Facilitated Meetings

This is an example of one way to facilitate a conversation. Facilitating effective meetings requires practice and skill. Please consider obtaining further training or consultation to assist you in developing this skill.

1. Introduction

  • Schedule appropriate amount of time for meeting
  • Is a conversation
  • Reinforce that this is a good step and in their mutual interest to meet
  • Describe your role and meeting guidelines. For example:
    • Confidentiality
    • Clarify how decisions will be made
    • (For reference: Handouts on effective/sender of communication)

2. Each person presents his/her understanding of the situation/issues

  • Ask each person to briefly, clearly, and specifically define what he or she would like as outcomes of this meeting
    • Look for and comment on any outcome commonalities
    • Encourage specific examples to be given vs. global statements such as "always" or "everyone"
    • Encourage Sender to not focus on assumed intentions of the other person
    • Encourage the conversation to stay behaviorally focused
  • Receiver reflects back to the Sender what the Receiver understands as the outcomes
  • Receiver can only ask clarifying questions or requests for more information to ensure he or she understands the situation correctly. (May need to remind people here that they don't necessarily have to agree with what's being said, they just have to hear/understand it).
  • This dialogue of sharing/asking for information continues until both feel they have communicated enough and understand what each other is wanting as outcomes

3. Each person is given the opportunity to talk about the situation/issue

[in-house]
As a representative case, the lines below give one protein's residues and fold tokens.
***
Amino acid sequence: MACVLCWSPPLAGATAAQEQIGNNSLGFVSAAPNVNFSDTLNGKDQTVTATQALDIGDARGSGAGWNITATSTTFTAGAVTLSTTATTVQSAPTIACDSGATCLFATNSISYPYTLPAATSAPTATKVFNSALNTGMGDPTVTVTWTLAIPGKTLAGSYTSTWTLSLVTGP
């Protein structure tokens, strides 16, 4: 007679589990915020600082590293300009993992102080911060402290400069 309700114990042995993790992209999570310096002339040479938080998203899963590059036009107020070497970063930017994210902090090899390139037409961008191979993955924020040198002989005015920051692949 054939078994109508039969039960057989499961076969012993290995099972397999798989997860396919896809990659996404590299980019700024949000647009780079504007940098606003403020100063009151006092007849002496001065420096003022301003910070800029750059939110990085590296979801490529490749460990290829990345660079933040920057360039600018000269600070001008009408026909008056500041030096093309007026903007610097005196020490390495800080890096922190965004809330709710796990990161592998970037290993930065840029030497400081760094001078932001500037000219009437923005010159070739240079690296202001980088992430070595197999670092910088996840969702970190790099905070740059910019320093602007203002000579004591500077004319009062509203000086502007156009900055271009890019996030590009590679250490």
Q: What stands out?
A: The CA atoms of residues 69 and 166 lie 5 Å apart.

• This part needs to be carefully facilitated
  • Keep the conversation focused on items/content that will help lead toward the outcomes they identified earlier
  • Limit conversation about:
    • The past
    • Projected/assumed negative behavior of the other person
    • Other people
    • Unrelated items (dumping of more issues on the table)
  • Stop conversation if it becomes attacking, defensive, or blaming
  • Consider putting a time limit on this part of the conversation with any parties who dominate the conversation. If conversation gets bogged down here, feels like it's going in circles, or tensions are increasing:
    • Move the conversation to discussing the outcomes the parties mentioned earlier and the commonalities of the outcomes the parties are wanting.

4. Getting to the outcomes

  • Reiterate the outcomes the parties are wanting and highlight commonalities
  • Invite one person to offer what he or she will do to obtain the outcomes
  • The other person will listen and reflect back what was offered and then comment on if that would be helpful. If the offer wouldn't be helpful, then that person is encouraged to offer alternate suggestions
  • If appropriate, you can ask each person to state what they need from the other person in order to achieve an outcome (careful facilitation of the process is needed here)
  • This process continues between the parties until they both feel they can live with or are content with the outcomes and means of achieving them
  • If necessary, if an agreeable outcome can't be reached: table the discussion and try again later. Or, implement the decision-making process that was decided upon earlier.

5. Summary by Facilitator & Schedule Follow-up